Dynamic mechanical behavior of multilayer graphene via supersonic projectile penetration

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Science  28 Nov 2014:
Vol. 346, Issue 6213, pp. 1092-1096
DOI: 10.1126/science.1258544

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Multilayer graphene is an exceptional anisotropic material due to its layered structure composed of two-dimensional carbon lattices. Although the intrinsic mechanical properties of graphene have been investigated at quasi-static conditions, its behavior under extreme dynamic conditions has not yet been studied. We report the high–strain-rate behavior of multilayer graphene over a range of thicknesses from 10 to 100 nanometers by using miniaturized ballistic tests. Tensile stretching of the membrane into a cone shape is followed by initiation of radial cracks that approximately follow crystallographic directions and extend outward well beyond the impact area. The specific penetration energy for multilayer graphene is ~10 times more than literature values for macroscopic steel sheets at 600 meters per second.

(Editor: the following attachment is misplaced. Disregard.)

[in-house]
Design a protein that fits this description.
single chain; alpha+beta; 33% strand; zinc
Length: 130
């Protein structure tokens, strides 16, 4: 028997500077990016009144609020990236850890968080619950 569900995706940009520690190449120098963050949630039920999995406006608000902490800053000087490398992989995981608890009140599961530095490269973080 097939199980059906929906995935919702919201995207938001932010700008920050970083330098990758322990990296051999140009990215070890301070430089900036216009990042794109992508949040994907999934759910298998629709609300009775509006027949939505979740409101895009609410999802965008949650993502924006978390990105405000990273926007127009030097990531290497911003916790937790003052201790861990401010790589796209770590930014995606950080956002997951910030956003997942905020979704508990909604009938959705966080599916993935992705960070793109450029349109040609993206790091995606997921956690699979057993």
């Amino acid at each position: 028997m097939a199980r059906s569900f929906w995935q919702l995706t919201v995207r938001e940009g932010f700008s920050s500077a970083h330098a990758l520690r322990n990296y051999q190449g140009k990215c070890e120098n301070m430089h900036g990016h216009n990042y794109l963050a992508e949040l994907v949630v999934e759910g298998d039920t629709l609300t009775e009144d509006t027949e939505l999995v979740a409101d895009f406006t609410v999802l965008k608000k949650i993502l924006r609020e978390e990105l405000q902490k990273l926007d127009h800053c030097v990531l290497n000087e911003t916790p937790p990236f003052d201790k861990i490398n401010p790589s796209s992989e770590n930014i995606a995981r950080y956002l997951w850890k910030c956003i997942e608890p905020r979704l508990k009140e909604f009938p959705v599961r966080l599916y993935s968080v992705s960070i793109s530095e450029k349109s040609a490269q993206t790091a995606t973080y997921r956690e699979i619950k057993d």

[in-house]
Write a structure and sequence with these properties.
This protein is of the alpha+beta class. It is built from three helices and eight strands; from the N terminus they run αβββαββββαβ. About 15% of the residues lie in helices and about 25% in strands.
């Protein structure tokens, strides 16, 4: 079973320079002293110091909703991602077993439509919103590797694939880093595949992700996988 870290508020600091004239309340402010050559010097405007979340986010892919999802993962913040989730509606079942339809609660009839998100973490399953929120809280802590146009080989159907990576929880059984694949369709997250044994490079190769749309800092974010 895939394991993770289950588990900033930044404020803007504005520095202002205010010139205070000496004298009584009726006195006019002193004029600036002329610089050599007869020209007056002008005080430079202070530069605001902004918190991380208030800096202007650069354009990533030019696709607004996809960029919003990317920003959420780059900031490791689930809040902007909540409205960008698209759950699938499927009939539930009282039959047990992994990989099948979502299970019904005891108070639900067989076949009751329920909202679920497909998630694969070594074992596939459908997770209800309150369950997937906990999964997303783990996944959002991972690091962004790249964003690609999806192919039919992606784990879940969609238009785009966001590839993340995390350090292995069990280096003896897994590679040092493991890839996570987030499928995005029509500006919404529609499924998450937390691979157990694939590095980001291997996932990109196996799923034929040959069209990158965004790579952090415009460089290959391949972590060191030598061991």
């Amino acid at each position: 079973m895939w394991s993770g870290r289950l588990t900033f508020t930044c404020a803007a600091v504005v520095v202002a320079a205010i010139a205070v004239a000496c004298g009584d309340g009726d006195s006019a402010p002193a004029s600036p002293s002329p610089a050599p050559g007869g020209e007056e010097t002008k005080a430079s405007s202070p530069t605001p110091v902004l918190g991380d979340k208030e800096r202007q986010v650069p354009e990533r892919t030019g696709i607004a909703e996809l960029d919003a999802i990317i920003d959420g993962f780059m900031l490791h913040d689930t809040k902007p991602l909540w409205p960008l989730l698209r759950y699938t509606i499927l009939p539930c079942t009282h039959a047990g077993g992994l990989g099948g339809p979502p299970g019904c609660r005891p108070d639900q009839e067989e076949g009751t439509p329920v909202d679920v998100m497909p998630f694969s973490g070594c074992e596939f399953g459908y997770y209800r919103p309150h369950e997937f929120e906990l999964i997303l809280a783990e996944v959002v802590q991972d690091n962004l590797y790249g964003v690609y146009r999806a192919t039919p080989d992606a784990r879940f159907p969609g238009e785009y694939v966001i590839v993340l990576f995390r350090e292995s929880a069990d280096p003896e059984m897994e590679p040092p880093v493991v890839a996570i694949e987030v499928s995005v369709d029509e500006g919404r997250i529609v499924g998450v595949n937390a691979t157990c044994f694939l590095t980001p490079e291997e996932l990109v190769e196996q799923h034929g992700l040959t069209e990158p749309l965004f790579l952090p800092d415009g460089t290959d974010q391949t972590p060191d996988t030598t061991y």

Graphene: A miniature bulletproof vest?

To stop a speeding projectile, you need a combination of strength and toughness so that the impact doesn't just pierce the stopping material. The material also needs to dissipate the absorbed kinetic energy. Lee et al. measured the response of multilayer graphene to the projection of microbullets using miniaturized ballistic tests. The findings confirm graphene's exceptional strength and stiffness.

Science, this issue p. 1092

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